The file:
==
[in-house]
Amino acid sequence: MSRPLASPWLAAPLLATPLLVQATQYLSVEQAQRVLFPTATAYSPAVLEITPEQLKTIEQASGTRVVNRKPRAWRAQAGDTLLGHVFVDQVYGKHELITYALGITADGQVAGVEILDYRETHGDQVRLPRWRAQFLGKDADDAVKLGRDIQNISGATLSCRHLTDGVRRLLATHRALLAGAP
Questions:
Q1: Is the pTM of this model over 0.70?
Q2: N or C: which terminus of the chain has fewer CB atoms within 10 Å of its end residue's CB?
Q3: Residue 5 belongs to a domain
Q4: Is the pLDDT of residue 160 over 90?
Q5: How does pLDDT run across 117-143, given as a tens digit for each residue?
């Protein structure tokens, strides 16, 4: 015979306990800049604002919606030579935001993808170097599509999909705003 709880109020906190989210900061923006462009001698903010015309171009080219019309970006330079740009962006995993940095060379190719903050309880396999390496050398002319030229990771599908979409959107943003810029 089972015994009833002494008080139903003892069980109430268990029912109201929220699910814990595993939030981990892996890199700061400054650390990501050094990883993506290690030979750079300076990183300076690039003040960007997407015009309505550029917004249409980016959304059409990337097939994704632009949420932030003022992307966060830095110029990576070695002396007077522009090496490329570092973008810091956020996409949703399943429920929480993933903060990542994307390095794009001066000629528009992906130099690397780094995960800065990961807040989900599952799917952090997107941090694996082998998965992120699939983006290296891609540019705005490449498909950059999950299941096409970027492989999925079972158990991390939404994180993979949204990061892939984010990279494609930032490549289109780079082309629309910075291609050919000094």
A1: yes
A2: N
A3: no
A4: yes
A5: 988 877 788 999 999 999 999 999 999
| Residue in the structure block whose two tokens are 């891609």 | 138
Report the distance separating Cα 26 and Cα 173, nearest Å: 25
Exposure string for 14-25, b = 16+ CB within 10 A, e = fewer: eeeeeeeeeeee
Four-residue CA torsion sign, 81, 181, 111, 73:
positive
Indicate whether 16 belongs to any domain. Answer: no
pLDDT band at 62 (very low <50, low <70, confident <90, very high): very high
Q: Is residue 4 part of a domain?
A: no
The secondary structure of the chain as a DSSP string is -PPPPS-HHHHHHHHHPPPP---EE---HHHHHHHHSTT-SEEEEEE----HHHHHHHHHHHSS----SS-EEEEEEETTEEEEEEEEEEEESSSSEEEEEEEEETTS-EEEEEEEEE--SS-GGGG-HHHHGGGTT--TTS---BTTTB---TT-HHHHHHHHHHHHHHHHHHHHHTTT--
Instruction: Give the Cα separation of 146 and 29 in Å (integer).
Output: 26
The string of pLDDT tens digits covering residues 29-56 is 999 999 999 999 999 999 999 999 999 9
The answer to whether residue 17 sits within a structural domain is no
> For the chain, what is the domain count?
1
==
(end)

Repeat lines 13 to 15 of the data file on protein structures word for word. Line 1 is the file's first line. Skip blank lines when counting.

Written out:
A4: yes
A5: 988 877 788 999 999 999 999 999 999
| Residue in the structure block whose two tokens are 């891609």 | 138